Anyone up for it? Are there legal restrictions?

The problem with Hayek's writing is that English is his second (or maybe third) language and he could never find a way to write English sentences that didn't have the "German diseases" of excessive length and nouns at the end.

But if you want to do "Hayek for Dummies" go right ahead. ;)

You people are going to improve on Hayek' writing?

Better his "disease" than yours, and "excessive length and nouns at the end" than curves,angles, and tangents.

His isolation was nothing compared to what it would be when you got through with him.

For what it's worth Lesvic, I don't have a big problem with Hayek's style. It's sometimes tough to follow, but good ideas require work sometimes too.

Prof. Horwitz,

As Mises put it:

"What could easily be explained in a few sentences of mundane speech was expressed in a terminology...unfamiliar to the immense majority and therefore regarded with reverential awe."

There is nothing in economics that could not be explained in mundane speech. For even the most complex theorems are comprised of simple elements, which can be explained in simple terms. And, if they aren't worth the bother of explaining them, they're hardly worth the bother of trying to understand them.

Good ideas in economics may indeed require work, but never circumlocution, curves, angles, or tangents.

Confusion is complicated, economics simple; and if it isn't simple, it isn't economics.

dglesvic,

The use of language to communicate ideas is not as simple as you suggest. Even when the same terminology is being used by different economists, the meanings they attach to the words will differ, causing confusion in debate even when the langauge is concise and simple. Recent thinkers in the philosophy of science have made this argument, notably Paul Feyerabend and Thomas Kuhn. Feyerabend has taken an extreme view on this point and argues that all the terms we use (both in theoretical and observational discussion) are completely dependent on the theory we have adopted (unconsciously or not). This argument implies that competing theories cannot be collated because they have different meanings. What are we supposed to use as our standard or criterion in measuring the relative strenghts of one theory against another?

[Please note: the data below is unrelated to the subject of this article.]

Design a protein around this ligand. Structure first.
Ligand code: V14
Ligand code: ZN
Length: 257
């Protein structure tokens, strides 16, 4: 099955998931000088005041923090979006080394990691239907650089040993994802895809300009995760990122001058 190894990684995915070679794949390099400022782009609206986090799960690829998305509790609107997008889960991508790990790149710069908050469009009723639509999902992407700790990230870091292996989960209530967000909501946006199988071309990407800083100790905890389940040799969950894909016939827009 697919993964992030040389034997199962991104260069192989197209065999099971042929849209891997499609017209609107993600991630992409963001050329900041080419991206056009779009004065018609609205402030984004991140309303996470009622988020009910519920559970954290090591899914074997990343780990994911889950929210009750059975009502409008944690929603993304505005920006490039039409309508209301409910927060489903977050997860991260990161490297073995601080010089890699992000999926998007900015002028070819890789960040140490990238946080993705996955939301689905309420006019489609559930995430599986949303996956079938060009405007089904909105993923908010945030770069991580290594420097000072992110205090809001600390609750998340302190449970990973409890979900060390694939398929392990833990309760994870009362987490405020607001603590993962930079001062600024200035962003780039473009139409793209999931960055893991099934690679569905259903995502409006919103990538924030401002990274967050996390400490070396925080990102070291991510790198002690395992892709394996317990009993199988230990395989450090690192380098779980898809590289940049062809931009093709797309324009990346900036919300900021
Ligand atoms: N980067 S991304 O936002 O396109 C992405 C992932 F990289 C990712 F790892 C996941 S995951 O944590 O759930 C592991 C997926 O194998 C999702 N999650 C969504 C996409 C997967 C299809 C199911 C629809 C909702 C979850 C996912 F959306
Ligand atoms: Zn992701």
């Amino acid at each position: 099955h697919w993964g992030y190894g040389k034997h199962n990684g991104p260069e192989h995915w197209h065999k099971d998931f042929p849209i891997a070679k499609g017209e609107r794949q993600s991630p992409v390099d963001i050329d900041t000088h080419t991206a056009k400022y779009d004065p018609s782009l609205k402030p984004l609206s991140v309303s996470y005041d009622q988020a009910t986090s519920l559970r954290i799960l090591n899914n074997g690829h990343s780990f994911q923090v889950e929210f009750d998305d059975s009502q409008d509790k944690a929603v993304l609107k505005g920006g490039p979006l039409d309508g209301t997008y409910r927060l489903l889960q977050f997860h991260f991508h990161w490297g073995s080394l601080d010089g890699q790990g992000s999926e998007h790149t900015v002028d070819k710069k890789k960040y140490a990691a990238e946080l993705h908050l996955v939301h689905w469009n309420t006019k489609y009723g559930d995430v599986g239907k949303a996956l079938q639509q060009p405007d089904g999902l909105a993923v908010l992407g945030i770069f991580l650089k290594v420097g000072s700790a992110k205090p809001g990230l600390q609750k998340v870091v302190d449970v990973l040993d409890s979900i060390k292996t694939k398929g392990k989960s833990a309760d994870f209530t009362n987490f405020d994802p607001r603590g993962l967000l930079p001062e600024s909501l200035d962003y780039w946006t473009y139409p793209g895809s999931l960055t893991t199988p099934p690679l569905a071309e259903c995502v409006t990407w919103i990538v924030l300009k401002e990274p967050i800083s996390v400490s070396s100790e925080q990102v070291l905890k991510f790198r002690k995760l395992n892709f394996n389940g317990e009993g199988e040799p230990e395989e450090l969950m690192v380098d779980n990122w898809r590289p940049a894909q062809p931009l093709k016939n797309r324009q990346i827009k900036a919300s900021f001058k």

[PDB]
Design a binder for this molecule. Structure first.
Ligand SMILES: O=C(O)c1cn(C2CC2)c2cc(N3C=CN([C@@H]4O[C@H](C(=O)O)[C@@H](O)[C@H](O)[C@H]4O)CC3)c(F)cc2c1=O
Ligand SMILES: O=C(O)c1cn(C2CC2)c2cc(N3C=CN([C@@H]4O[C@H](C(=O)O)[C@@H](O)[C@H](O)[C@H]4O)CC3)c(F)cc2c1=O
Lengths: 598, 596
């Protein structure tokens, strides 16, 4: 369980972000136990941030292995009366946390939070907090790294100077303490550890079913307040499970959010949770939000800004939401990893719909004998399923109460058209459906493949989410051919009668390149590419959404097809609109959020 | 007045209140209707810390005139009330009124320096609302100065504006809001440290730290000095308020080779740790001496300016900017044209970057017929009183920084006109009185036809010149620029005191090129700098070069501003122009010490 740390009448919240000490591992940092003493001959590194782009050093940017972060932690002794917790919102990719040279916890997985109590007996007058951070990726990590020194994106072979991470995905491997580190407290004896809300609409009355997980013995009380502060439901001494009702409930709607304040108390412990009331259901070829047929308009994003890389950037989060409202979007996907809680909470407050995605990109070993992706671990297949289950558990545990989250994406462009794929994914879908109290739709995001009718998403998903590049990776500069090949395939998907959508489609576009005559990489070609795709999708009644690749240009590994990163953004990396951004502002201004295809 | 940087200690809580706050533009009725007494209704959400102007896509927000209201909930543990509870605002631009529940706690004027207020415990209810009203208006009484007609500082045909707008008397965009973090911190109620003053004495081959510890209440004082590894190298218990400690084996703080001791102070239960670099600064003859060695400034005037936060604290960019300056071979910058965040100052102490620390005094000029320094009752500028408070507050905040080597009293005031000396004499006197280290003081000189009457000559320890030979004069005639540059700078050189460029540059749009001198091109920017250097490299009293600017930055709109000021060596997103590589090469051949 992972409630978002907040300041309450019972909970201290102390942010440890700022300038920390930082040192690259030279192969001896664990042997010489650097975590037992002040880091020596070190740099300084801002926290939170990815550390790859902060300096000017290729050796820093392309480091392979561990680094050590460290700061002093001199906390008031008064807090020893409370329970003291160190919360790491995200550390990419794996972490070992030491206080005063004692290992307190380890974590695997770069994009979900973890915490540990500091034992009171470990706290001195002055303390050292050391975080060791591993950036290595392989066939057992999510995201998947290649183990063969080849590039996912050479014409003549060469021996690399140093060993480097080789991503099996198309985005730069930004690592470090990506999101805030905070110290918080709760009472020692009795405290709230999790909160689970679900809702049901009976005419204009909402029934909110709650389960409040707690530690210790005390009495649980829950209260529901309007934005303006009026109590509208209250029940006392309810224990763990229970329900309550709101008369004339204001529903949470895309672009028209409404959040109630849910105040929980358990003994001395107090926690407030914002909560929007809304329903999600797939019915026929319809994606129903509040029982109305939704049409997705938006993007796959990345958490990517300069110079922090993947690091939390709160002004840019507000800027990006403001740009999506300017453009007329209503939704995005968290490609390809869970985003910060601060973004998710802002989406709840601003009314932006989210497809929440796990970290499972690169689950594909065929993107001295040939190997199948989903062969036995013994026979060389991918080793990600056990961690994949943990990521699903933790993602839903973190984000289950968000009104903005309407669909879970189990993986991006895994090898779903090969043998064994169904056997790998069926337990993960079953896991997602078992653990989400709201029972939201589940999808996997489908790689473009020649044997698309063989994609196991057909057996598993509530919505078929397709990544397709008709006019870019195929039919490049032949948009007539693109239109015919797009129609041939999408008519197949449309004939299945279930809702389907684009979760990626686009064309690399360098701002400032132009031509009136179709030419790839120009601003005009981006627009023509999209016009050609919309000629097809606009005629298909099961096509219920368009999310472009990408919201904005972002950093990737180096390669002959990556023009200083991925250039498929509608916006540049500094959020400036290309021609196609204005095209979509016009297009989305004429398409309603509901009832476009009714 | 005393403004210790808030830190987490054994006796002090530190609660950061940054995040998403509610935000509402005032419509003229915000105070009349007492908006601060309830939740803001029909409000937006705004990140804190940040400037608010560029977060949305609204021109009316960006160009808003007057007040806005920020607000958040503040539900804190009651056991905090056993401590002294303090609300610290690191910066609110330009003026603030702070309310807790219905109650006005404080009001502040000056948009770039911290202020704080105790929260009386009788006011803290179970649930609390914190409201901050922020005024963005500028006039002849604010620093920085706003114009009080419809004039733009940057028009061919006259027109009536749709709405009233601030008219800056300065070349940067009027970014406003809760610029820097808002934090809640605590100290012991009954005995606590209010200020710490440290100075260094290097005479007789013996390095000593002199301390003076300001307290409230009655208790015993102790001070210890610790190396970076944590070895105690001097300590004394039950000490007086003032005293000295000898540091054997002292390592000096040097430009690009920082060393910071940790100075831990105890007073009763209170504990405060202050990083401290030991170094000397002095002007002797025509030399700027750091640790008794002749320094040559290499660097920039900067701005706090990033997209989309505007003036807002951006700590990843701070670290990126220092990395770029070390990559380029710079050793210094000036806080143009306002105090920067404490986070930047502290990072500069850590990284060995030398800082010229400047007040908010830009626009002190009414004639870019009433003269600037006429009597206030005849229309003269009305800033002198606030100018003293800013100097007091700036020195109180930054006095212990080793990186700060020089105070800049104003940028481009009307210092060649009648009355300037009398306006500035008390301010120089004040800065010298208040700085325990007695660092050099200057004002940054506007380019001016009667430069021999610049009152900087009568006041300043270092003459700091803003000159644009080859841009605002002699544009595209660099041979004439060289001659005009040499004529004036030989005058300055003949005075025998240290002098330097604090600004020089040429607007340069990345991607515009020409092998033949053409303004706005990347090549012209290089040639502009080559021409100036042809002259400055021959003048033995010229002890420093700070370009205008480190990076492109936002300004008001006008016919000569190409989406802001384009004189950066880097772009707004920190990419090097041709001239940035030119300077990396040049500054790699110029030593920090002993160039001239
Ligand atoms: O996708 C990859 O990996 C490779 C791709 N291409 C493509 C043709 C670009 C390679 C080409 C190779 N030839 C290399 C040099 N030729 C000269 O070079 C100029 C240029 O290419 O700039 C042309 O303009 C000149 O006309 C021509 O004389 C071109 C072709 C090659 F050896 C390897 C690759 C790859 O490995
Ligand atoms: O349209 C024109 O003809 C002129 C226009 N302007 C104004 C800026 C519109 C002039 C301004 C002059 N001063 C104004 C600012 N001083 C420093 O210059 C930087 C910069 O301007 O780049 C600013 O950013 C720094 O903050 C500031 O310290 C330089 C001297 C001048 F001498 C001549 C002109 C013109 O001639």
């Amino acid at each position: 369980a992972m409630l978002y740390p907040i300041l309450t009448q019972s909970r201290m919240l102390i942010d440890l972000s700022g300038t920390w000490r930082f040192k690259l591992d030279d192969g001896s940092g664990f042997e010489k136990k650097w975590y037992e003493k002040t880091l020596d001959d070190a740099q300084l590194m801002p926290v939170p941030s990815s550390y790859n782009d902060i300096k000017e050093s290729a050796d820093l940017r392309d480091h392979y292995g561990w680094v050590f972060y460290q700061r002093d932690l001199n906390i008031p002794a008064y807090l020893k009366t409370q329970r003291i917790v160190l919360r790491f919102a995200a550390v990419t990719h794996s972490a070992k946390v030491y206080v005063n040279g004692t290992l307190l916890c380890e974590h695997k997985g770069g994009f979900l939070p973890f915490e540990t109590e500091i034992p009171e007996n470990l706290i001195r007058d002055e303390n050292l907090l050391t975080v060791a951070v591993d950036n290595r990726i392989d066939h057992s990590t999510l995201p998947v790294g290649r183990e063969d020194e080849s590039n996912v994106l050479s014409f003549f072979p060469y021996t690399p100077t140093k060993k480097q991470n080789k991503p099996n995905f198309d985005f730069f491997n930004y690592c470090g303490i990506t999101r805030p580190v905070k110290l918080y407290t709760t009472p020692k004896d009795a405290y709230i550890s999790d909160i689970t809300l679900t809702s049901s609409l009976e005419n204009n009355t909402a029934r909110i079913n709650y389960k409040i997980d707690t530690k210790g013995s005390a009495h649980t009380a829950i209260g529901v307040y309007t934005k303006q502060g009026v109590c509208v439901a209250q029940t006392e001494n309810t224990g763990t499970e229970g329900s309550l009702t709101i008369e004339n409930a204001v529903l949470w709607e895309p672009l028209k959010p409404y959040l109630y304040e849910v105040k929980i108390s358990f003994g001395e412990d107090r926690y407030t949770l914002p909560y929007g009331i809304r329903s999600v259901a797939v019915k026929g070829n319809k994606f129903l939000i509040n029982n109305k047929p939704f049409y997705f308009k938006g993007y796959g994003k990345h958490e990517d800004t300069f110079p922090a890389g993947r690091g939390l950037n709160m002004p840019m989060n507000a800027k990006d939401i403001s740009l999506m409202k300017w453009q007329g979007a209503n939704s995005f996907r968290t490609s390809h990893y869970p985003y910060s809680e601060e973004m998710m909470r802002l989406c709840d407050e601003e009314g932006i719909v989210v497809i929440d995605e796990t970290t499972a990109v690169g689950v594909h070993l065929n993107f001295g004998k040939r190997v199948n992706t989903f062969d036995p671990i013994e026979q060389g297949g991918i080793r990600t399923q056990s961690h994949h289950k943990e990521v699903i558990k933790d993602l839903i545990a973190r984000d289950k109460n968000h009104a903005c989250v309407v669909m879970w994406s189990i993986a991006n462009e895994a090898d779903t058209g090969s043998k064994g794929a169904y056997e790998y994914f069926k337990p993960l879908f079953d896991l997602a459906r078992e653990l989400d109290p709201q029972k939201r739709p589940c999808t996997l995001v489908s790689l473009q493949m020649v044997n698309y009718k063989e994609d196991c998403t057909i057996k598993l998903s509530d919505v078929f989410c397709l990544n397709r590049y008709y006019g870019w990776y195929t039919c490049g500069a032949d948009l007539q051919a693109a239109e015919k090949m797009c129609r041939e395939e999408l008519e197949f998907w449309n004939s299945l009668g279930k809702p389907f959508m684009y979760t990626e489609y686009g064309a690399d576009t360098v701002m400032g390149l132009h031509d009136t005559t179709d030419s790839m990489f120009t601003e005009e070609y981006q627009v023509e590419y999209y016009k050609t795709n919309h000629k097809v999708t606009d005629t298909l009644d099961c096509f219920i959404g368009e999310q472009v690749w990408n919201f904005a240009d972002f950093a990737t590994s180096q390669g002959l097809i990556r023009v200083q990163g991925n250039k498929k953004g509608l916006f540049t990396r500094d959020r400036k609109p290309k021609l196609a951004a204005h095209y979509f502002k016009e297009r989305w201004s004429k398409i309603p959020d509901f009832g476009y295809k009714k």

Your demand for "mundane speech" misses the point entirely.

Mr Mueller,

If the problem is amiguity, how does needless complication make it better?

Classical liberals don't understand that there is an ideological war being waged and that the arms being used by the Left are intellectual dishonesty, ommission and outright lies. I'm not talking about the Ministry of Truth: I'm talking about Paul Krugman. A brilliant article by Dan Klein on Econjournalwatch.org ("Left out: a critique...") shows how Krugman uses some of these very tactics. Dan, unfortunately, reaches but a timid conclusion:

"I find especially telling the enmity he holds toward Republicans in power. He seems to resent not being among ... the people at the top."

That is the key: the Left will never give up trying to gain, regain or stay in POWER and will do so unscrupulously, even though their ideas are historical trash. It is rather unwise, as Prof. Horwitz suggests, to adopt an attitude of "confidence" in relationship to people who still support, in a disguised way, the ideas which engendered genocidal maniacs who in turn killed over a 100 million people in the past century alone. You can't chalk that one up on a "fatal conceit", people. Stop being so naive: Hayek should have come to this conclusion and written a book called "infinite maliciousness".

This is why more and more I am turning to conservatives, who seem to have a better grasp of the epic battle being waged under our very eyes. Here is Russell Kirk:

"The ideologues who promise the perfection of man and society have converted a great part of the twentieth-century world into a terrestrial hell."

Mr Franco,

You're forgetting that "Classical liberals" once won that war. So the problem is not with classical liberalism itself but the bastardization of it, particularly the mystification and alienation of economics.

Bring plain English back to it, and you'll win the war again.


Perhaps we need to read Hayek in the original German?